Gambling in Games : Debating The Market of Digital Goods
"There's a difference between allowing people to buy and sell goods in your game, and presenting it in a way that practically says, "These items can/should be gambled on.""
This week on the cast, James and I welcomed game designer Michael Taylor to the cast for a discussion on several interesting topics.
Bird of Light by Roach Interactive has had one interesting journey getting here. When I spoke to designer Rahul Sehgal about it, the game was originally pitched as a mobile game. He ran into trouble with finding publishers willing to let him create the game he wanted.
In response, he moved the game over to PC and Steam to finish the game that will now eventually be ported back to mobile at some point. Despite the problems during development, Bird of Light shows a lot of smart design decisions for a very unique game.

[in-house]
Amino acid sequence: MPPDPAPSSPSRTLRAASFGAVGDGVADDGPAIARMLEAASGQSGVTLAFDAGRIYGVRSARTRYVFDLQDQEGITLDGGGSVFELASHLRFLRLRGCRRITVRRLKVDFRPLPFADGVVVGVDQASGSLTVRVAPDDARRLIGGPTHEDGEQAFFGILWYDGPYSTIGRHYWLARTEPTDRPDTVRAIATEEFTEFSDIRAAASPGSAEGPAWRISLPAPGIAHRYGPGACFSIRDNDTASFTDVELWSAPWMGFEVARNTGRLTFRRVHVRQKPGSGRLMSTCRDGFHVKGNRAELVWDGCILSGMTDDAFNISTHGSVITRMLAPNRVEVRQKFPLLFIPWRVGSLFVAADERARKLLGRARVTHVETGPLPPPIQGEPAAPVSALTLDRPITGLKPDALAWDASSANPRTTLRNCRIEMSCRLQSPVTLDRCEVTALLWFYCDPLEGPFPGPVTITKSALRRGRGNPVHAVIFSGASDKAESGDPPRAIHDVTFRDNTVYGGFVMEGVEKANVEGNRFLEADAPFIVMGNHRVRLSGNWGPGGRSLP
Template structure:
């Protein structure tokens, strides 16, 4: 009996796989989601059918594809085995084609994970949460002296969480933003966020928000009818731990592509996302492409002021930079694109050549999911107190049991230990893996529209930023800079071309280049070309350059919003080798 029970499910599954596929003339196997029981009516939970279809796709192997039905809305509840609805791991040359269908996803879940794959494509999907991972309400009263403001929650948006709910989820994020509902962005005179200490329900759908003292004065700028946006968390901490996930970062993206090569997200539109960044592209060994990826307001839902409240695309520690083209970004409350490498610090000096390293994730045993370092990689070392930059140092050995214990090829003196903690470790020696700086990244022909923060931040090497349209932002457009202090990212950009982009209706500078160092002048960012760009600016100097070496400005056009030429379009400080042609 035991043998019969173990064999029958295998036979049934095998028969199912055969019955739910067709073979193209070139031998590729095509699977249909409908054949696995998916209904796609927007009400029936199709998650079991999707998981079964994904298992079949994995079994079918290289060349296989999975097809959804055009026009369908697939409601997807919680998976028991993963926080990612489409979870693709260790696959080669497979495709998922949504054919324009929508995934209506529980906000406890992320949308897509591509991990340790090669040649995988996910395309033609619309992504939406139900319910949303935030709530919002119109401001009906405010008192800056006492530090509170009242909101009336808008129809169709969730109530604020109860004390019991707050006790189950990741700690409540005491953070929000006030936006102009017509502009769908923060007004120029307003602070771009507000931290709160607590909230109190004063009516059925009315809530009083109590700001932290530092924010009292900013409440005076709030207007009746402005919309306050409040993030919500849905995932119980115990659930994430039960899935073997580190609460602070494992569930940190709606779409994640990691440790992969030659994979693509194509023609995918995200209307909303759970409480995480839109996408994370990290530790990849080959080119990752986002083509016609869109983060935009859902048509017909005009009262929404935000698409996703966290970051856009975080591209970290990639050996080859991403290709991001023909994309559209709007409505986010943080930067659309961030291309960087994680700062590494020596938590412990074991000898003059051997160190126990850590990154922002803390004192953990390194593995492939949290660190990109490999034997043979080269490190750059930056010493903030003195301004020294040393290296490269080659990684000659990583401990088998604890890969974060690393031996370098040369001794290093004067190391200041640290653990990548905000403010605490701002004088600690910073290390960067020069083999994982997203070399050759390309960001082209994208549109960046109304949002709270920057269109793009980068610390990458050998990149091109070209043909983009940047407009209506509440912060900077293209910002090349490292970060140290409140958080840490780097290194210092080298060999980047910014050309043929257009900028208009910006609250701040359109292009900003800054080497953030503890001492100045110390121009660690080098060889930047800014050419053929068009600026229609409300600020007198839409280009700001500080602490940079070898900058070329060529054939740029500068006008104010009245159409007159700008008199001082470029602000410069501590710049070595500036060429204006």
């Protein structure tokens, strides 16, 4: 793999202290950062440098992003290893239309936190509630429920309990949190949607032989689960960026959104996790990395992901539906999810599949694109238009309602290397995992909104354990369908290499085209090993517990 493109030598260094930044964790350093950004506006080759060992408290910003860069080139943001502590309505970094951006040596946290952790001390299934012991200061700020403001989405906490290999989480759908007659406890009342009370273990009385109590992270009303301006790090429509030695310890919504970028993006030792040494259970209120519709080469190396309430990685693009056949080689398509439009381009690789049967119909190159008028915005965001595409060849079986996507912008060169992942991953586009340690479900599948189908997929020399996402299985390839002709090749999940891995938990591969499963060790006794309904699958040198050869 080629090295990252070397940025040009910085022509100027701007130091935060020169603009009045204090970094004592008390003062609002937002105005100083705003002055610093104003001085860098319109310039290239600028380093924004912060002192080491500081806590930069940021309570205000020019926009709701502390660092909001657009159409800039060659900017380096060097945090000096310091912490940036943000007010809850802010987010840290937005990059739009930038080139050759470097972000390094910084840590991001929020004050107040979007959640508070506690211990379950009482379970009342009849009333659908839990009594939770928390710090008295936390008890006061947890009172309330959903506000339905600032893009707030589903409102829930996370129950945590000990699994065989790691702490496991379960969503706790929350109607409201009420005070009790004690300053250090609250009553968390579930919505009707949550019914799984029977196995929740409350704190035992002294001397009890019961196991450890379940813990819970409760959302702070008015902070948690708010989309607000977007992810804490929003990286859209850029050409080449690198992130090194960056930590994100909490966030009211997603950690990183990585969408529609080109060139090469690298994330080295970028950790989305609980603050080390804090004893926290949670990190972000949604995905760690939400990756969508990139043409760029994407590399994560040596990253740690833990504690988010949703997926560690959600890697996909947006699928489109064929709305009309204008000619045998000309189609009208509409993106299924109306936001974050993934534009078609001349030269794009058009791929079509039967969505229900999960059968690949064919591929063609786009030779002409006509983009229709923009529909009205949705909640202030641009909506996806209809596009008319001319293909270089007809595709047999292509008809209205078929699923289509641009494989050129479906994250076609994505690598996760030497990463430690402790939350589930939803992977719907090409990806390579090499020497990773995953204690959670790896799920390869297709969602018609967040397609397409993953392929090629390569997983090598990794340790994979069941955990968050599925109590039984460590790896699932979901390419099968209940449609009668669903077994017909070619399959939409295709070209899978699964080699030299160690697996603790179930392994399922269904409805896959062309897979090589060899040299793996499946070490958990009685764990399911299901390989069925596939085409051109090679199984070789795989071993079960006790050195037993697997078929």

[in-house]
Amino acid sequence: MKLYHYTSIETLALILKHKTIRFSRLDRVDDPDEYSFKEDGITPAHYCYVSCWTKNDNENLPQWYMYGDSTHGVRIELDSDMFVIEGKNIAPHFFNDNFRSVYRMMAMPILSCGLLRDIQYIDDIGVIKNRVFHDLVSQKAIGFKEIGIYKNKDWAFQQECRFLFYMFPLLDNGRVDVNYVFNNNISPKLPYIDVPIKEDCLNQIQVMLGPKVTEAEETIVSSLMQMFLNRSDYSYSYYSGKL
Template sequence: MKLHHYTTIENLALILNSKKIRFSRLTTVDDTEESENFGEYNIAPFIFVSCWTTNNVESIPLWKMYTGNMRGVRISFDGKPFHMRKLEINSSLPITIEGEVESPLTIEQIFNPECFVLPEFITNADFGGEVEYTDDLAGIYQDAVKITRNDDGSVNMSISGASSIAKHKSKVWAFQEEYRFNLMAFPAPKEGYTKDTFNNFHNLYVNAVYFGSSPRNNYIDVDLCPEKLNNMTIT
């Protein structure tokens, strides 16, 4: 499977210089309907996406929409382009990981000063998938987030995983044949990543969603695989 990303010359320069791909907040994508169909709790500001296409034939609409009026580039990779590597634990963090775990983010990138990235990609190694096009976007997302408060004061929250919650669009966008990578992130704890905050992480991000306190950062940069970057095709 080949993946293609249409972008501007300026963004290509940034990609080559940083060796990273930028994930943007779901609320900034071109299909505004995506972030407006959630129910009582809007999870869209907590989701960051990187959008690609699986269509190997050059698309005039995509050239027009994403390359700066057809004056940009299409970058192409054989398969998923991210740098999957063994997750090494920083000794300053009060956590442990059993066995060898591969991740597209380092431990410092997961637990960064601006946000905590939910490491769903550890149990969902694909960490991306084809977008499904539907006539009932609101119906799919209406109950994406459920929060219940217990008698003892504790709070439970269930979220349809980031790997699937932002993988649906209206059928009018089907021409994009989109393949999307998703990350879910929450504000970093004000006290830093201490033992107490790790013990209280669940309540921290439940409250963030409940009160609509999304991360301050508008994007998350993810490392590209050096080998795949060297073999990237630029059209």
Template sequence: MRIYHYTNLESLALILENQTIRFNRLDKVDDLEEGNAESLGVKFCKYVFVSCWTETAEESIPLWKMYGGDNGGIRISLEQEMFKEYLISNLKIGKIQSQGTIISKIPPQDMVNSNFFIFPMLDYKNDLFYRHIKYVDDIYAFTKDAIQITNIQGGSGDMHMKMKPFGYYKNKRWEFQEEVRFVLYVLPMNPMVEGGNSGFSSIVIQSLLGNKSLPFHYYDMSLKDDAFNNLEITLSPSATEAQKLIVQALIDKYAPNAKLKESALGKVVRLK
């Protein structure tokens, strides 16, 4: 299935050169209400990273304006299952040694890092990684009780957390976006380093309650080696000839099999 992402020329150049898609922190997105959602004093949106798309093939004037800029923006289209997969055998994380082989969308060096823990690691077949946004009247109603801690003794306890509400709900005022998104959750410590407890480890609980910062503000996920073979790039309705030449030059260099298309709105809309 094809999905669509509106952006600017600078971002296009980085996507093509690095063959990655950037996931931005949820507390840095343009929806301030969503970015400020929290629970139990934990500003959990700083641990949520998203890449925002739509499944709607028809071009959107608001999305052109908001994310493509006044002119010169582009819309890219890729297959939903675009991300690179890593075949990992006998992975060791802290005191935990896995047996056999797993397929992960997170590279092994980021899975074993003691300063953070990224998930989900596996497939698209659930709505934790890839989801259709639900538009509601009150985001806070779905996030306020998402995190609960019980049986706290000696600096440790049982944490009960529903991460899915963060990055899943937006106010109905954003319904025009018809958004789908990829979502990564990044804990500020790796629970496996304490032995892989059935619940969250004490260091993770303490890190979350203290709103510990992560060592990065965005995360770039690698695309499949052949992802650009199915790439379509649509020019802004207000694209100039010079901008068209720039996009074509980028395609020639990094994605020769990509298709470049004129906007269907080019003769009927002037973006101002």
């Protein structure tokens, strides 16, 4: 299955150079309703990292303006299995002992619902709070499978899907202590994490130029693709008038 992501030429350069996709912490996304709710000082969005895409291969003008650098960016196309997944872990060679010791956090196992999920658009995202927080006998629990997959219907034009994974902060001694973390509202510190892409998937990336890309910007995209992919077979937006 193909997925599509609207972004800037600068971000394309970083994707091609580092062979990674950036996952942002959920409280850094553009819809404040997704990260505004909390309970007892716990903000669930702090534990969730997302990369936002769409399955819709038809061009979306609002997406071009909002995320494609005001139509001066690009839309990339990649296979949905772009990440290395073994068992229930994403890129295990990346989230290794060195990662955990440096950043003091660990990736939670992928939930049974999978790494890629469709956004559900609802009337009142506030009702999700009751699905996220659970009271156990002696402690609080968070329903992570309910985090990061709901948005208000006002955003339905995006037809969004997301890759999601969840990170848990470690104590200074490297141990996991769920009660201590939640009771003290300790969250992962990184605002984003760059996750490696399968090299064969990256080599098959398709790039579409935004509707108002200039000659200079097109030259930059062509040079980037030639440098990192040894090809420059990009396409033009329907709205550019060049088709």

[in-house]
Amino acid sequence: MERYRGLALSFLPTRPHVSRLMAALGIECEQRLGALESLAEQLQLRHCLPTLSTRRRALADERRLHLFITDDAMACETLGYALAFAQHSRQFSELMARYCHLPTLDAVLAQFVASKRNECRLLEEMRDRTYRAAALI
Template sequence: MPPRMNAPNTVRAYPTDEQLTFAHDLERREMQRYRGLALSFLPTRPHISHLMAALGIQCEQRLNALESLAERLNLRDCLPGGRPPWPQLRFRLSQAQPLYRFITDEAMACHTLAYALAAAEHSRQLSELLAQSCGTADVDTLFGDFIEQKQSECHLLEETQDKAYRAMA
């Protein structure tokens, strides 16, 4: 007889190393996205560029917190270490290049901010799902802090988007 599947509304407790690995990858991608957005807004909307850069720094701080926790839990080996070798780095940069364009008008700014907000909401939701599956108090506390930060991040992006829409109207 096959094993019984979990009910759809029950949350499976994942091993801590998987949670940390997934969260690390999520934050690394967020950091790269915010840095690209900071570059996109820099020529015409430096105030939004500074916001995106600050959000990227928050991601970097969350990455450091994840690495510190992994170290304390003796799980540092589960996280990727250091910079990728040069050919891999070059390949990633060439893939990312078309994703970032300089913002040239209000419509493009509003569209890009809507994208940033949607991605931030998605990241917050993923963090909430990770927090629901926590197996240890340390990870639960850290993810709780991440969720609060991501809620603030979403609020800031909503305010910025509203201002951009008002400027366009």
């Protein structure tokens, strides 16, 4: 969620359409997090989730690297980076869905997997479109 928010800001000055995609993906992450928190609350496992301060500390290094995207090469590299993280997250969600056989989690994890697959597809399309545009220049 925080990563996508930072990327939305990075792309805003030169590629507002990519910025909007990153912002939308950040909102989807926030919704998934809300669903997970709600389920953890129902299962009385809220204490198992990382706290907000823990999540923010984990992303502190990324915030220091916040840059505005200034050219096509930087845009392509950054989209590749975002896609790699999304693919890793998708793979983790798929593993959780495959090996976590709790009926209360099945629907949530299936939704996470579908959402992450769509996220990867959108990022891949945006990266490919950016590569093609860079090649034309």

Necropolis is the latest game from Harebrained Schemes and one that I’ve been looking forward to. The studio wanted to try its hand at combining the rogue-like and action RPG genre with a unique game. Now that Necropolis is out, unfortunately it misses the point of what makes both these games compelling.
Video game development is all about an iterative process of building a game’s design and mechanics bit by bit to create an amazing experience, and this also applies across games in a series. While many gamers have decried the phenomenon of “sequelitis,” or when developers constantly put out sequels, their actual implementation is important and a part of what has led to some of the best games around.